In a non-precedential but yet informative and helpful decision the Superior Court of Pennsylvania in Lipsky v. State Farm Mutual Automobile Insurance Company, upheld a Trial Court and ruled broadly that the definition of “bodily injury” in State Farm’s policy allowed for claims to include negligent infliction of emotional distress. The Appellate Court did so on a different basis than the Trial Court by finding that the definition of bodily injury was ultimately broad enough to include emotional harm without physical injury. The Superior Court said “nothing in the language of the State Farm policy departs from the common law understanding that the injury contemplated in such a negligent infliction of emotional distress claim results not from the bodily injury suffered by the accident victim, but from the claimant’s witnessing the accident from nearby.” The relevant part of the policy defines bodily injury as “bodily injury to a person and sickness, disease or death which results from it.”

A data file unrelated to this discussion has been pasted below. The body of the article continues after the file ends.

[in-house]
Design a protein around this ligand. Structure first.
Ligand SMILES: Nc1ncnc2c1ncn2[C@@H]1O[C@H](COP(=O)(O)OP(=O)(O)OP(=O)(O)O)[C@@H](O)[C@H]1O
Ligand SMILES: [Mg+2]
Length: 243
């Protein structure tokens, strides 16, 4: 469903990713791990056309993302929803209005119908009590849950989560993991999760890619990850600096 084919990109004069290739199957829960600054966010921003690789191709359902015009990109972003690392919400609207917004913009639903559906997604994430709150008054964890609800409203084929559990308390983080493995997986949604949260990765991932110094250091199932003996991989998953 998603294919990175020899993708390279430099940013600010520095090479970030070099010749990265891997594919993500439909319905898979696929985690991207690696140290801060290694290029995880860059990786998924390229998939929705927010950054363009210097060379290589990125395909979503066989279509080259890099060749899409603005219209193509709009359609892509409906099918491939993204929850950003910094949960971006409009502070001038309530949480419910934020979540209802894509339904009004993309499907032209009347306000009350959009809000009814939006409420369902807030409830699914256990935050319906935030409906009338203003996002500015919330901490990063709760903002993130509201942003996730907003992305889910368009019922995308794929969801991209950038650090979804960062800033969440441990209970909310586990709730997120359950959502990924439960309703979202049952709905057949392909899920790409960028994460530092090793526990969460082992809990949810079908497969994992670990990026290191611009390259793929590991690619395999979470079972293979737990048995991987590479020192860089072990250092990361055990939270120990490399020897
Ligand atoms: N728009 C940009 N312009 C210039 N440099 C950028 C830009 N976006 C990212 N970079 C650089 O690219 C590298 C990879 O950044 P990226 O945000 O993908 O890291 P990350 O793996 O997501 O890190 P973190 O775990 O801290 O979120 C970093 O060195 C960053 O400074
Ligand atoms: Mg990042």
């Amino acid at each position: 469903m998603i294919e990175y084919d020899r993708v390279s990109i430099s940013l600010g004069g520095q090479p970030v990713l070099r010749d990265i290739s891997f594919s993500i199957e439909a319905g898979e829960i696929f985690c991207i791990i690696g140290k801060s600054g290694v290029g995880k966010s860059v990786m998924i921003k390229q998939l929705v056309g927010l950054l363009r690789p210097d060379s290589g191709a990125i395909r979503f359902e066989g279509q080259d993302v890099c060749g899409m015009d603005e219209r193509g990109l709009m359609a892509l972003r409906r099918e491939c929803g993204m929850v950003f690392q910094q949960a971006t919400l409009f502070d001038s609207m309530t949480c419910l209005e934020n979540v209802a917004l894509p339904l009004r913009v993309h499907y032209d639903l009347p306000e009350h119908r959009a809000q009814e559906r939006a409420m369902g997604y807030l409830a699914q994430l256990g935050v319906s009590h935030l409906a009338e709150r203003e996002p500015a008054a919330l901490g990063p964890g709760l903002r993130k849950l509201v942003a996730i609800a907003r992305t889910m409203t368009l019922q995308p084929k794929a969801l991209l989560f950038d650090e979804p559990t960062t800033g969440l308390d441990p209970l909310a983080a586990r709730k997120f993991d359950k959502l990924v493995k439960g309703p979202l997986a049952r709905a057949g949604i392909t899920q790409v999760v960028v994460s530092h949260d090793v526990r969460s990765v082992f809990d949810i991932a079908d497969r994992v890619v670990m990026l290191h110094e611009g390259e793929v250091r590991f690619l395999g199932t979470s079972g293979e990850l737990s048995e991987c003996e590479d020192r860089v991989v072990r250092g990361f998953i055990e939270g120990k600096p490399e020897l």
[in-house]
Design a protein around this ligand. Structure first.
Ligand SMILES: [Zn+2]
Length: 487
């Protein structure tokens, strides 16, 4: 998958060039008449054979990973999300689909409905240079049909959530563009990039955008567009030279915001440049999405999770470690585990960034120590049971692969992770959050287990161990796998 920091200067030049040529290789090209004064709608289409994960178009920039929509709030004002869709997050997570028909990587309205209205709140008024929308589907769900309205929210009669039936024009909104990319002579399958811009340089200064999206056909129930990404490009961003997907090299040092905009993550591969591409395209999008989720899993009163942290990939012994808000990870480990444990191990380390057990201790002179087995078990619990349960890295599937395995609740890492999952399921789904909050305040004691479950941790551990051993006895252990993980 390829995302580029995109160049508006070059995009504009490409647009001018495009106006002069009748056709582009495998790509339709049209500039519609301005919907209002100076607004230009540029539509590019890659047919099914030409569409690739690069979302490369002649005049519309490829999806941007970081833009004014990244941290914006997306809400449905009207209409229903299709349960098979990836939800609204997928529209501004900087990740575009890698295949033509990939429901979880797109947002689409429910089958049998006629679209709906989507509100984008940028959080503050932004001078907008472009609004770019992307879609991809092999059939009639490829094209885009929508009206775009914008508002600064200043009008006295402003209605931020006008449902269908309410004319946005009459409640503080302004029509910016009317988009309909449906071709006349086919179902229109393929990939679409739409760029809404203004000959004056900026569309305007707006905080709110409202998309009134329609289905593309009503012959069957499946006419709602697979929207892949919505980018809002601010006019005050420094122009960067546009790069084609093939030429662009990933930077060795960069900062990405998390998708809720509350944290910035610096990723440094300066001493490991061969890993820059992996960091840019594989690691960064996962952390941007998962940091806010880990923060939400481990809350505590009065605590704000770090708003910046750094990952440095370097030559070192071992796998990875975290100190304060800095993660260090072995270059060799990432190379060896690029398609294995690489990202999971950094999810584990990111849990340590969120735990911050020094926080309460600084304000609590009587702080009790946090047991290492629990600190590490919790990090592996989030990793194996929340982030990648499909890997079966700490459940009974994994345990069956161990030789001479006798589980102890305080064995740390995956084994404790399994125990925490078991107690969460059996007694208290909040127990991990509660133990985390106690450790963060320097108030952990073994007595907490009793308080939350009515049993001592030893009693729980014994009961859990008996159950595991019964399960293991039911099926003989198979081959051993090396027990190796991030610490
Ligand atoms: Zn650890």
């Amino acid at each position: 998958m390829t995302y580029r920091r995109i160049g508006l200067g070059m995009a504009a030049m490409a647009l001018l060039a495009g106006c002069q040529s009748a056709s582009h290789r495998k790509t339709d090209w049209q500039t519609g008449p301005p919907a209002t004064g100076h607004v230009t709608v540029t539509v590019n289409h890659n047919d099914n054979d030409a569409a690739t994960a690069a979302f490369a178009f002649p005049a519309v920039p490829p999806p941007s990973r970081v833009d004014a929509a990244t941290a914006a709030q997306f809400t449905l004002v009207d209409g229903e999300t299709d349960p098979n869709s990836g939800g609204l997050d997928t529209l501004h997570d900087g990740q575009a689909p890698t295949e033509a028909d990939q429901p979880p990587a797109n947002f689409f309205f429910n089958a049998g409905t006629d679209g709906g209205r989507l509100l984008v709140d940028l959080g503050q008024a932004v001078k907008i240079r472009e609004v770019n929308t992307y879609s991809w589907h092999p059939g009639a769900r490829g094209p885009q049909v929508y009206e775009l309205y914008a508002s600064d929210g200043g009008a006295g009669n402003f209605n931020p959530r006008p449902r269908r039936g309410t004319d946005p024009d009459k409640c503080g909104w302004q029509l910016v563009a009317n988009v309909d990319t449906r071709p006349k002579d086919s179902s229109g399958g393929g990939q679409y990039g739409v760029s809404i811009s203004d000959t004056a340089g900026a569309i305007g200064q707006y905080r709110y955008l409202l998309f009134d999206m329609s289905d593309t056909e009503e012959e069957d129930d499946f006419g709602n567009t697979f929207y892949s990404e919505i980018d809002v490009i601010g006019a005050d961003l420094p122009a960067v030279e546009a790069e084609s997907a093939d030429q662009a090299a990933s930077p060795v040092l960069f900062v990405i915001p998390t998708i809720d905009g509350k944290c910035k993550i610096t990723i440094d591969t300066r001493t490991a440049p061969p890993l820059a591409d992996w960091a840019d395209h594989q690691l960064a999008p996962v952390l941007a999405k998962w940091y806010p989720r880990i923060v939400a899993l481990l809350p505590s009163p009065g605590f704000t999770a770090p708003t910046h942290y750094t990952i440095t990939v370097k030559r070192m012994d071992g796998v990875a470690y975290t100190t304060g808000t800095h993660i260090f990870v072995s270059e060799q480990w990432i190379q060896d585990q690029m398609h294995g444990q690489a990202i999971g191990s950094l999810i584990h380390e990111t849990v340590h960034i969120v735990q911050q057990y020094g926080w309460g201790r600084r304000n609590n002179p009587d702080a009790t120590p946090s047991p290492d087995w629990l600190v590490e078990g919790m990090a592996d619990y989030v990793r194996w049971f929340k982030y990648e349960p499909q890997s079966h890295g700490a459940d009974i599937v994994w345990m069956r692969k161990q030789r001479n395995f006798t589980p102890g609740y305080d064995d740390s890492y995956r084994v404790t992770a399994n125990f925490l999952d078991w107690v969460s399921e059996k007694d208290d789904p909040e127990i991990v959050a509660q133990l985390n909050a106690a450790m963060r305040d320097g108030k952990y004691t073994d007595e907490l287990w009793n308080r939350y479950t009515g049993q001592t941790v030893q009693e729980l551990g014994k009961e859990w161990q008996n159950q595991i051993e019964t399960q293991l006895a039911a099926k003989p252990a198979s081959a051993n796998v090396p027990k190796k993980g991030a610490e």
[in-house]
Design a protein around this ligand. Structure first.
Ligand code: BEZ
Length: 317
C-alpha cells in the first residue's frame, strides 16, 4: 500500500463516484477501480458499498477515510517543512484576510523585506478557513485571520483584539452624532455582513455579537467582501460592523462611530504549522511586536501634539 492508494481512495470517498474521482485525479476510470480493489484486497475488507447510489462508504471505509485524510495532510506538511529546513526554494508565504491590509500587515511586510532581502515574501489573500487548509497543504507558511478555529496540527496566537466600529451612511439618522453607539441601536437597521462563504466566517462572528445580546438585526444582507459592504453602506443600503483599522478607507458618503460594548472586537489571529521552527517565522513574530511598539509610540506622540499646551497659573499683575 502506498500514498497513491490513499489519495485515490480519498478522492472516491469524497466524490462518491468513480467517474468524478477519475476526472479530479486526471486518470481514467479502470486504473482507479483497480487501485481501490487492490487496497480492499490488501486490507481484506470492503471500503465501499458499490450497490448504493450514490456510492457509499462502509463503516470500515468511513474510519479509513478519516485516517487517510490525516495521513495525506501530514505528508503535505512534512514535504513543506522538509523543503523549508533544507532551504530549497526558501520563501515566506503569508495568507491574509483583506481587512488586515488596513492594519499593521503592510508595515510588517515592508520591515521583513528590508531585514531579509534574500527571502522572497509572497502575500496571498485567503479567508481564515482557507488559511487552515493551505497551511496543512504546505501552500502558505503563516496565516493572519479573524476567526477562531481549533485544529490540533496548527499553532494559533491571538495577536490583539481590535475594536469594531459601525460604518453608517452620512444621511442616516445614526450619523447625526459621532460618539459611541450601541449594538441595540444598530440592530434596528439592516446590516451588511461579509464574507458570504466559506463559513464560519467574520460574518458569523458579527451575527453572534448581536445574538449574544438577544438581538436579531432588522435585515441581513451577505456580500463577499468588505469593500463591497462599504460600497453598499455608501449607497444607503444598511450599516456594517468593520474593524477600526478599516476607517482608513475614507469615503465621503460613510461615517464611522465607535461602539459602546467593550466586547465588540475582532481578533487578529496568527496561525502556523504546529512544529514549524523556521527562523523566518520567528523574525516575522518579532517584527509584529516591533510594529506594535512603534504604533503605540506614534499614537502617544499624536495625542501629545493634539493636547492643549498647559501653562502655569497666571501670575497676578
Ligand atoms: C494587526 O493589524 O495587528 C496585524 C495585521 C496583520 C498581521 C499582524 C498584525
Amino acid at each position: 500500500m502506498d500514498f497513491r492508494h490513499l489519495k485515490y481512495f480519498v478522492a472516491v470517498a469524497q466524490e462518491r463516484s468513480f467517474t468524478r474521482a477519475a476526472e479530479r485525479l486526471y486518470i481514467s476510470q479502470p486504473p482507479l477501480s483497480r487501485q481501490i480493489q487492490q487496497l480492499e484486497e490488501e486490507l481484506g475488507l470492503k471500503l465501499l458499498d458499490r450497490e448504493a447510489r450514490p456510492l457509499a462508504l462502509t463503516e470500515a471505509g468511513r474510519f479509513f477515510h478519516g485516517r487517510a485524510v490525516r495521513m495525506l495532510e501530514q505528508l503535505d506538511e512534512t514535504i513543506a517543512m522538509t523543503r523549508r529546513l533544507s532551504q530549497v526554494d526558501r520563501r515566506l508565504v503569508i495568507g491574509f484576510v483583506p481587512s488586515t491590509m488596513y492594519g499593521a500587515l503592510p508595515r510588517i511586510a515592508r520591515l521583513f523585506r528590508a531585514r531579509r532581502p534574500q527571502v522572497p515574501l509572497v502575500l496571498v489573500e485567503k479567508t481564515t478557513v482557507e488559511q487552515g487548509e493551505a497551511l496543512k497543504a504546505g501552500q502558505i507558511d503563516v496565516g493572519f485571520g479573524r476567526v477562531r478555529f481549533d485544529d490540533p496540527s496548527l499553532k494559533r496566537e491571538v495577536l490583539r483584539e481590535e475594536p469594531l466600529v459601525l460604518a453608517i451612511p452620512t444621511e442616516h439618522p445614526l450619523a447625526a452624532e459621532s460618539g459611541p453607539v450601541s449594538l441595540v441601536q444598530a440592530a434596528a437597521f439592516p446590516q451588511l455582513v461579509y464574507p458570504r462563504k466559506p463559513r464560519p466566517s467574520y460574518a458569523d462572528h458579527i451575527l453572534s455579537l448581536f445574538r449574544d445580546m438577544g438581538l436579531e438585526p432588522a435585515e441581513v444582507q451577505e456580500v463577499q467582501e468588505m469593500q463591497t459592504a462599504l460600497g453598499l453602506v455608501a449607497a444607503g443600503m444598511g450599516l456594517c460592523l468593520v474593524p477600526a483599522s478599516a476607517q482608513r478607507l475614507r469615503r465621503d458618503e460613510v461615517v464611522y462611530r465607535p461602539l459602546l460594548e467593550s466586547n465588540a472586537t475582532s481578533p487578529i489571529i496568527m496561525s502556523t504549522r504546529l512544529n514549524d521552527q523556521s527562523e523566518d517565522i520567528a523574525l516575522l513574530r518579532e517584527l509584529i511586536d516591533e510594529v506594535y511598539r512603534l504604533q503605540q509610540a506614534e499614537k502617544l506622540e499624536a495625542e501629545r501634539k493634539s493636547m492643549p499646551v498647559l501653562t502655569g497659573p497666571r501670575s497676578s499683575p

These critical coverage issues arose as a result of an October 7, 2006 incident wherein Joseph White, while intoxicated was driving his wife’s car with her permission when he then struck and killed a 17 year old pedestrian, Benjamin Lipsky in the presence of Benjamin’s father and two brothers.
The lesson learned here is when interpreting an insurance contract, one must carefully look at the intent of the parties as manifested by the terms in the policy. If there is any term which is ambiguous, the policy must be construed in favor of the insured to further the purpose of the indemnification, or benefits, to be provided by the insurer. That has been well settled law in Pennsylvania and was more recently discussed at length by the Superior Court in Telecommunications Network Design v. Brethren Mut. Ins. Co., 5 A.3d 331 (Pa. Super. 2010). The Courts in Pennsylvania also more recently stated that they continue to accept that physical injury and physical impact are not synonymous terms (see Schmidt v. Boardman Co., 11 A.3d 924 (2011) in a case addressing bystander emotional distress claims). The Superior Court critically held that to the extent State Farm, in this situation, argued that a physical impact is necessary for a “bodily injury to a person”, had no basis in either prevailing law or the language of its own policy.